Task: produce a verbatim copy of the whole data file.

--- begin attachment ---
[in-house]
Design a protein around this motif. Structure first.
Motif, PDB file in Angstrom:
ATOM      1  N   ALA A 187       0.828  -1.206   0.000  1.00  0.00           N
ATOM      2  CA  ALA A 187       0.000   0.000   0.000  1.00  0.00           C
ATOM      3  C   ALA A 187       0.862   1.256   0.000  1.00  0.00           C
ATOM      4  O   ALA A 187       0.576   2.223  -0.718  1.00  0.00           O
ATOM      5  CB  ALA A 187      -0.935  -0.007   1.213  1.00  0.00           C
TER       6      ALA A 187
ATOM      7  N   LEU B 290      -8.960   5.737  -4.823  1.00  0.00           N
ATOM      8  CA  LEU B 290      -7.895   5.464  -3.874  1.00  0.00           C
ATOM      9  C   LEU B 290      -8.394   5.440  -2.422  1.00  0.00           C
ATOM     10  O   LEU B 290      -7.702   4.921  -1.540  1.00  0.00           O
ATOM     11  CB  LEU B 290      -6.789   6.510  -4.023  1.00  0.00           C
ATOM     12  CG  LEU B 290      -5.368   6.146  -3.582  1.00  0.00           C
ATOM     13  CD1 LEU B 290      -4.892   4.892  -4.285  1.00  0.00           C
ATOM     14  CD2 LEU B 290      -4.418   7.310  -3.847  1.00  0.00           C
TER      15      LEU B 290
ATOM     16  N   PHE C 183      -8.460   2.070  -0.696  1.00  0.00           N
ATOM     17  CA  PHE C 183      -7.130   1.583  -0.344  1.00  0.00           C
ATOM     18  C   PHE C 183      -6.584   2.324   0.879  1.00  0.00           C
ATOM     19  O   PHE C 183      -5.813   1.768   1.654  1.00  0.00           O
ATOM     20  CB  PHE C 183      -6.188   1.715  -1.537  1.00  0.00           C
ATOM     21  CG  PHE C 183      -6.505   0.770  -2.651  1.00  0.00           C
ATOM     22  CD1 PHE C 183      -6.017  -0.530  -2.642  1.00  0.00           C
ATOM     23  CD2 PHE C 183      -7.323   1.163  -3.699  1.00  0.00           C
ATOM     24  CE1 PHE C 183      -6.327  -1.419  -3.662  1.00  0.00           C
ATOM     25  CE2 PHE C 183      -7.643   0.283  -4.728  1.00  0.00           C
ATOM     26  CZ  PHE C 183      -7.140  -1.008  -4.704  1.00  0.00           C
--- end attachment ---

[in-house]
Design a protein around this motif. Structure first.
Motif, PDB file in Angstrom:
ATOM      1  N   ALA A 187       0.828  -1.206   0.000  1.00  0.00           N
ATOM      2  CA  ALA A 187       0.000   0.000   0.000  1.00  0.00           C
ATOM      3  C   ALA A 187       0.862   1.256   0.000  1.00  0.00           C
ATOM      4  O   ALA A 187       0.576   2.223  -0.718  1.00  0.00           O
ATOM      5  CB  ALA A 187      -0.935  -0.007   1.213  1.00  0.00           C
TER       6      ALA A 187
ATOM      7  N   LEU B 290      -8.960   5.737  -4.823  1.00  0.00           N
ATOM      8  CA  LEU B 290      -7.895   5.464  -3.874  1.00  0.00           C
ATOM      9  C   LEU B 290      -8.394   5.440  -2.422  1.00  0.00           C
ATOM     10  O   LEU B 290      -7.702   4.921  -1.540  1.00  0.00           O
ATOM     11  CB  LEU B 290      -6.789   6.510  -4.023  1.00  0.00           C
ATOM     12  CG  LEU B 290      -5.368   6.146  -3.582  1.00  0.00           C
ATOM     13  CD1 LEU B 290      -4.892   4.892  -4.285  1.00  0.00           C
ATOM     14  CD2 LEU B 290      -4.418   7.310  -3.847  1.00  0.00           C
TER      15      LEU B 290
ATOM     16  N   PHE C 183      -8.460   2.070  -0.696  1.00  0.00           N
ATOM     17  CA  PHE C 183      -7.130   1.583  -0.344  1.00  0.00           C
ATOM     18  C   PHE C 183      -6.584   2.324   0.879  1.00  0.00           C
ATOM     19  O   PHE C 183      -5.813   1.768   1.654  1.00  0.00           O
ATOM     20  CB  PHE C 183      -6.188   1.715  -1.537  1.00  0.00           C
ATOM     21  CG  PHE C 183      -6.505   0.770  -2.651  1.00  0.00           C
ATOM     22  CD1 PHE C 183      -6.017  -0.530  -2.642  1.00  0.00           C
ATOM     23  CD2 PHE C 183      -7.323   1.163  -3.699  1.00  0.00           C
ATOM     24  CE1 PHE C 183      -6.327  -1.419  -3.662  1.00  0.00           C
ATOM     25  CE2 PHE C 183      -7.643   0.283  -4.728  1.00  0.00           C
ATOM     26  CZ  PHE C 183      -7.140  -1.008  -4.704  1.00  0.00           C